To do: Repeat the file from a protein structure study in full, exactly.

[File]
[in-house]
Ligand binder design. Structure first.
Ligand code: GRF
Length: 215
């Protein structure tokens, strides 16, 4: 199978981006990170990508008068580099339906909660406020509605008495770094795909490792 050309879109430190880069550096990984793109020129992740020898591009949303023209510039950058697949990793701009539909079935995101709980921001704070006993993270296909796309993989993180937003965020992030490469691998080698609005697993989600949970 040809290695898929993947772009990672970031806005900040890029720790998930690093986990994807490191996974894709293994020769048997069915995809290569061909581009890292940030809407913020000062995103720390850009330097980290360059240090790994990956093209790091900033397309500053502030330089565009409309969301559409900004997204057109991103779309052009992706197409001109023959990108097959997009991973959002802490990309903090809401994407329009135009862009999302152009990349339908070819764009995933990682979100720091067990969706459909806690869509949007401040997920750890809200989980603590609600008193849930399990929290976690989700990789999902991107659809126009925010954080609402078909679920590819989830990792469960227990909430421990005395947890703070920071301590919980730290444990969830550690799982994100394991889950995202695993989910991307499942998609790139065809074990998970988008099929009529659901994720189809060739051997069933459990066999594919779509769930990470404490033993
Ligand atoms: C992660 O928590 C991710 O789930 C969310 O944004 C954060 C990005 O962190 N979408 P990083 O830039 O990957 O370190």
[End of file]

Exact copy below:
[in-house]
Ligand binder design. Structure first.
Ligand code: GRF
Length: 215
């Protein structure tokens, strides 16, 4: 199978981006990170990508008068580099339906909660406020509605008495770094795909490792 050309879109430190880069550096990984793109020129992740020898591009949303023209510039950058697949990793701009539909079935995101709980921001704070006993993270296909796309993989993180937003965020992030490469691998080698609005697993989600949970 040809290695898929993947772009990672970031806005900040890029720790998930690093986990994807490191996974894709293994020769048997069915995809290569061909581009890292940030809407913020000062995103720390850009330097980290360059240090790994990956093209790091900033397309500053502030330089565009409309969301559409900004997204057109991103779309052009992706197409001109023959990108097959997009991973959002802490990309903090809401994407329009135009862009999302152009990349339908070819764009995933990682979100720091067990969706459909806690869509949007401040997920750890809200989980603590609600008193849930399990929290976690989700990789999902991107659809126009925010954080609402078909679920590819989830990792469960227990909430421990005395947890703070920071301590919980730290444990969830550690799982994100394991889950995202695993989910991307499942998609790139065809074990998970988008099929009529659901994720189809060739051997069933459990066999594919779509769930990470404490033993
Ligand atoms: C992660 O928590 C991710 O789930 C969310 O944004 C954060 C990005 O962190 N979408 P990083 O830039 O990957 O370190």